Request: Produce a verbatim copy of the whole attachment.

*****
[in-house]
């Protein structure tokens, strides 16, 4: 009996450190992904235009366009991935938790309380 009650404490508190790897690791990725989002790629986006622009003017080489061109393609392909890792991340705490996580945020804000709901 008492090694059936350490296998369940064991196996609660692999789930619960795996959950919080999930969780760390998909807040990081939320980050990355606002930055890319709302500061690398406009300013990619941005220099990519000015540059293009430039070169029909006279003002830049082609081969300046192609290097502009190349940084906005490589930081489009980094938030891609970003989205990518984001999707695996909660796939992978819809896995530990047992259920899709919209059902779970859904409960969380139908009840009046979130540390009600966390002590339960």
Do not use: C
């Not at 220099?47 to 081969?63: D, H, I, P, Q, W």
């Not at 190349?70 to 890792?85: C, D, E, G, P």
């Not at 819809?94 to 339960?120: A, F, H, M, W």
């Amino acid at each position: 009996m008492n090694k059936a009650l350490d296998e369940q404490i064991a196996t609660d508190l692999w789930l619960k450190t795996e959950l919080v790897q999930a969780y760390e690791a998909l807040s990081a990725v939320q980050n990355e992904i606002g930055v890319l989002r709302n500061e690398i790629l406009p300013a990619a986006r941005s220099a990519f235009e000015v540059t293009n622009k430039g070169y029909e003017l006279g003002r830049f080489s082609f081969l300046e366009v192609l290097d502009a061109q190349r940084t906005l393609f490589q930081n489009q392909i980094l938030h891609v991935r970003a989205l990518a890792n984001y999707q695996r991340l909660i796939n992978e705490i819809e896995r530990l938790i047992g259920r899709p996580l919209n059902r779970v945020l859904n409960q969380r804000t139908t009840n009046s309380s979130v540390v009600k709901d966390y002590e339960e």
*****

[in-house]
């Protein structure tokens, strides 16, 4: 009996450190992904235009366009991935938790309380 009650404490508190790897690791990725989002790629986006622009003017080489061109393609392909890792991340705490996580945020804000709901 008492090694059936350490296998369940064991196996609660692999789930619960795996959950919080999930969780760390998909807040990081939320980050990355606002930055890319709302500061690398406009300013990619941005220099990519000015540059293009430039070169029909006279003002830049082609081969300046192609290097502009190349940084906005490589930081489009980094938030891609970003989205990518984001999707695996909660796939992978819809896995530990047992259920899709919209059902779970859904409960969380139908009840009046979130540390009600966390002590339960």
Do not use: C
């Not at 220099?47 to 081969?63: D, H, I, P, Q, W």
């Not at 190349?70 to 890792?85: C, D, E, G, P």
């Not at 819809?94 to 339960?120: A, F, H, M, W």
């Amino acid at each position: 009996m008492n090694k059936a009650l350490d296998e369940q404490i064991a196996t609660d508190l692999w789930l619960k450190t795996e959950l919080v790897q999930a969780y760390e690791a998909l807040s990081a990725v939320q980050n990355e992904i606002g930055v890319l989002r709302n500061e690398i790629l406009p300013a990619a986006r941005s220099a990519f235009e000015v540059t293009n622009k430039g070169y029909e003017l006279g003002r830049f080489s082609f081969l300046e366009v192609l290097d502009a061109q190349r940084t906005l393609f490589q930081n489009q392909i980094l938030h891609v991935r970003a989205l990518a890792n984001y999707q695996r991340l909660i796939n992978e705490i819809e896995r530990l938790i047992g259920r899709p996580l919209n059902r779970v945020l859904n409960q969380r804000t139908t009840n009046s309380s979130v540390v009600k709901d966390y002590e339960e």